Sustainable Food Systems and Food Security
The following is a report of a session at the AFGDP module Farm to Fork – Sustainability in the Bioeconomy 4-6th April 2017 by Dr John Ingram of the Environmental Change Institute, Oxford University.
Written by : Sheona Foley (DIT), Morgan O’Sullivan (Teagasc), Liam Hanrahan (Teagasc), Qicheng Hao (UCD)
John Ingram’s presentation takes a food system approach to sustainability. He started off by asking what is sustainability anyway? Ingram argues it depends on your position in the food system and your world view. There are many different definitions, any one of which will reflect the needs of the organisation or agenda it represents and whatever definition one adopts is in any event only really aspirational. Whilst sustainability is not “all” about the environment, “The environment underpins our food systems, clean air and fresh water and a range of cultural and aesthetic considerations.”
We looked back to the FAO’s definition of Food Security from 1996:
“ Food Security exists when all people at all times have physical, economic and social access to sufficient safe and nutritious food to meet their dietary needs and food preferences for an active and healthy life” (UN-FAO World Food Summit, 1996).
This definition has no mention of agriculture and production and comes from a time when all the focus was on growing enough. But what is enough food and what is sufficient? Enough for a particular purpose, the right amount? The idea of nutrition security does not simply include enough food but the right type of food. Can we be food secure by having too much? Dr Ingram’s approach is to address three concepts i.e. Food Systems, Food Security and Sustainability and he believes this type of analysis will provide opportunities for intervention, the ultimate goal being perhaps a “healthy world”.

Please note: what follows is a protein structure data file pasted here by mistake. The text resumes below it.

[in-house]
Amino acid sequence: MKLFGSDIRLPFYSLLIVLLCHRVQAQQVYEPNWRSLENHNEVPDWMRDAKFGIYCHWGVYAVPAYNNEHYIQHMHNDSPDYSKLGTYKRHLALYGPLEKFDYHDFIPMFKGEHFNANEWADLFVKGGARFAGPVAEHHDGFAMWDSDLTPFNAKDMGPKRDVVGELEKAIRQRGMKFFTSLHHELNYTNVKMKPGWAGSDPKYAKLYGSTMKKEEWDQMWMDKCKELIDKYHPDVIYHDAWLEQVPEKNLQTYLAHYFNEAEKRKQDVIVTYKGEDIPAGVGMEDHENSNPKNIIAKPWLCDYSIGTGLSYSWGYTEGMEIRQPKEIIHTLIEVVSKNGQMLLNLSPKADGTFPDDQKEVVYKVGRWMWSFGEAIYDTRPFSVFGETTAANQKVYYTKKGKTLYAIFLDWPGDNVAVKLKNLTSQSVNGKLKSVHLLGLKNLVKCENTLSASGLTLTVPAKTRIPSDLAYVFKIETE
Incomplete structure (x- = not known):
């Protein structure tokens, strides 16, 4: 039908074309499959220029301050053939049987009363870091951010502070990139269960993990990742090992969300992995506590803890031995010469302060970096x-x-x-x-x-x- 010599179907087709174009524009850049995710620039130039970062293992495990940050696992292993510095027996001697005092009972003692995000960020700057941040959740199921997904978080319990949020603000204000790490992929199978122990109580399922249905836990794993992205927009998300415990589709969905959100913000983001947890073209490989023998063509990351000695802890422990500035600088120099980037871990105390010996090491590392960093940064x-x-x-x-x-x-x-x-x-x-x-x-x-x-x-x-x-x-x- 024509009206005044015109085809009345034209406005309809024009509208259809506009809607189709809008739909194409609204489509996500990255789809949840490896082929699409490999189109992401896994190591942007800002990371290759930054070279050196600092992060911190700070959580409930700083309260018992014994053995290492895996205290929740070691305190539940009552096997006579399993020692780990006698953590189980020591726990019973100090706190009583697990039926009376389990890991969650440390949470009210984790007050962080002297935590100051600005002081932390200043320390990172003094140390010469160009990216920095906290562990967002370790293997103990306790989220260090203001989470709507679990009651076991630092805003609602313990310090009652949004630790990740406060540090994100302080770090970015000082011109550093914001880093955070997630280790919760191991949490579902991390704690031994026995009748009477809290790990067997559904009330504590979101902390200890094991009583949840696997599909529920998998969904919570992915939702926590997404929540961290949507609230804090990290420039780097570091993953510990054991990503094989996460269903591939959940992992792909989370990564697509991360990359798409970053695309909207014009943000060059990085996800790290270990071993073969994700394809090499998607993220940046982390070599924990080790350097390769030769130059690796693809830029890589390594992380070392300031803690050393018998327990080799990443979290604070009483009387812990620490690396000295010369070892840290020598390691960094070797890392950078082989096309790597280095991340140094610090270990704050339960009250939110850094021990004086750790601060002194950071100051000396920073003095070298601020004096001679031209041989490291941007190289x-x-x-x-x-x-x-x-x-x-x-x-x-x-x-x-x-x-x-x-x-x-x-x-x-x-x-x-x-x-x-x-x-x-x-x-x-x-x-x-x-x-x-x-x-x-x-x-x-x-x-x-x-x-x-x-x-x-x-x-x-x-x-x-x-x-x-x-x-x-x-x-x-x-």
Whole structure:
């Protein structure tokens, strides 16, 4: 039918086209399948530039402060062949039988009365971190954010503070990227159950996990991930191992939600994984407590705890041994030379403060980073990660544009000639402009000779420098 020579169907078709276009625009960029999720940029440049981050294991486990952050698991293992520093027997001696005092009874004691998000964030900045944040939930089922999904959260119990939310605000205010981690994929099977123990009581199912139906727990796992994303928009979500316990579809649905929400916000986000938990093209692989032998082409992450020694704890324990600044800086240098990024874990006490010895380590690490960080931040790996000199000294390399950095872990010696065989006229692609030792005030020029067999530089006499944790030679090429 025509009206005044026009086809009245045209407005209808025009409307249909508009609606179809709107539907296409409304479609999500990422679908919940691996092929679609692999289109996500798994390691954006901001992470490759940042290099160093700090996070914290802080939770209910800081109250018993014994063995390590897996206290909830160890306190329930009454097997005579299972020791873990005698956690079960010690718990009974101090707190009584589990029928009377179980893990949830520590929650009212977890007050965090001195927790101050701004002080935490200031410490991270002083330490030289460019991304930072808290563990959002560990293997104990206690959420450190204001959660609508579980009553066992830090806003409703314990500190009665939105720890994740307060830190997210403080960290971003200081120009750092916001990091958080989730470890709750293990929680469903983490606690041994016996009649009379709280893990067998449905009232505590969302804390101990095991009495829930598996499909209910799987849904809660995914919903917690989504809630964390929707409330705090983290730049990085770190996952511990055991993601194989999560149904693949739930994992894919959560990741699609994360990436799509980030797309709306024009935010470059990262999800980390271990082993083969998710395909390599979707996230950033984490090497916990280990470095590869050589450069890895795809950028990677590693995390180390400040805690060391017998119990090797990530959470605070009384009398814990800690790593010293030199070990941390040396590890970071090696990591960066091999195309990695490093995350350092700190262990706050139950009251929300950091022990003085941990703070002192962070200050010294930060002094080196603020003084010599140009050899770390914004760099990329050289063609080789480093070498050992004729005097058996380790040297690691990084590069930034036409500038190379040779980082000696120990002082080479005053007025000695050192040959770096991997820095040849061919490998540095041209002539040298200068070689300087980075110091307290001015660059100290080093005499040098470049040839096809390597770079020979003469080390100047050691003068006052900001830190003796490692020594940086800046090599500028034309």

What is a healthy world? With the current food system, global population is set to reach 9 billion by 2050; 1 billion people are still hungry; 2 billion people are lacking sufficient micronutrients (“Hidden Hunger”); poorer regions are spending a greater percentage of their income on food; 30% of our food is wasted at harvesting; over 2 billion people are consuming too many calories (and globally 30% of adults are obese). More nutritious food has become more expensive, whilst the empty calorie foods are cheaper. Whilst the prevalence of undernourishment is falling relatively, distribution is changing and the prevalence of over nourishment is growing. We need to look at malnourishment as including both under and over nourishment. Quantifying it, we can see that more than half the population is suffering from “malnutrition”.
What do we mean by a food system? How does the food system work? Food systems are all activities which get food onto the table and include activities such as “growing, harvesting, processing, packaging transporting, marketing, consuming and disposing of food …” and a range of actors e.g. farmers, processors, consumers etc. Food system activities underpin food security outcomes, such as food access, food availability and food utilisation but also have other outcomes such as environmental and socioeconomic.